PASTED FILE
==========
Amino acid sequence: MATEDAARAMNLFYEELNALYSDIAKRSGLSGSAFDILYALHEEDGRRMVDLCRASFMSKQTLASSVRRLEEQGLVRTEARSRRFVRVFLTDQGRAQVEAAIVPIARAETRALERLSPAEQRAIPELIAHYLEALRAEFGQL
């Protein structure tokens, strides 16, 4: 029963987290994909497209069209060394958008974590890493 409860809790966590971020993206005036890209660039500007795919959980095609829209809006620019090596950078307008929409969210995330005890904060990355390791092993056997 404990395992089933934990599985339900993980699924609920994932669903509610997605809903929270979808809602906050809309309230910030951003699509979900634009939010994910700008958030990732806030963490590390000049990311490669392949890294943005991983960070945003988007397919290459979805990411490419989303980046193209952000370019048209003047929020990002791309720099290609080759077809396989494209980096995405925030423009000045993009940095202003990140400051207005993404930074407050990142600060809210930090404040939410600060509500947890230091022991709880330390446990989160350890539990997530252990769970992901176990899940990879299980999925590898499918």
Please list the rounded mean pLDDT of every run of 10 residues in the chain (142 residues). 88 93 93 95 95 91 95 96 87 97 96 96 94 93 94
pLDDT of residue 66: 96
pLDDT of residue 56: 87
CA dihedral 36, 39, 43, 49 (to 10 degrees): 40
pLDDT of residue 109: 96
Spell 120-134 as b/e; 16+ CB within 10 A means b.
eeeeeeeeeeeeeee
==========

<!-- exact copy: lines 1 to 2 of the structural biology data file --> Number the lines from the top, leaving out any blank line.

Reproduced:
Amino acid sequence: MATEDAARAMNLFYEELNALYSDIAKRSGLSGSAFDILYALHEEDGRRMVDLCRASFMSKQTLASSVRRLEEQGLVRTEARSRRFVRVFLTDQGRAQVEAAIVPIARAETRALERLSPAEQRAIPELIAHYLEALRAEFGQL
């Protein structure tokens, strides 16, 4: 029963987290994909497209069209060394958008974590890493 409860809790966590971020993206005036890209660039500007795919959980095609829209809006620019090596950078307008929409969210995330005890904060990355390791092993056997 404990395992089933934990599985339900993980699924609920994932669903509610997605809903929270979808809602906050809309309230910030951003699509979900634009939010994910700008958030990732806030963490590390000049990311490669392949890294943005991983960070945003988007397919290459979805990411490419989303980046193209952000370019048209003047929020990002791309720099290609080759077809396989494209980096995405925030423009000045993009940095202003990140400051207005993404930074407050990142600060809210930090404040939410600060509500947890230091022991709880330390446990989160350890539990997530252990769970992901176990899940990879299980999925590898499918």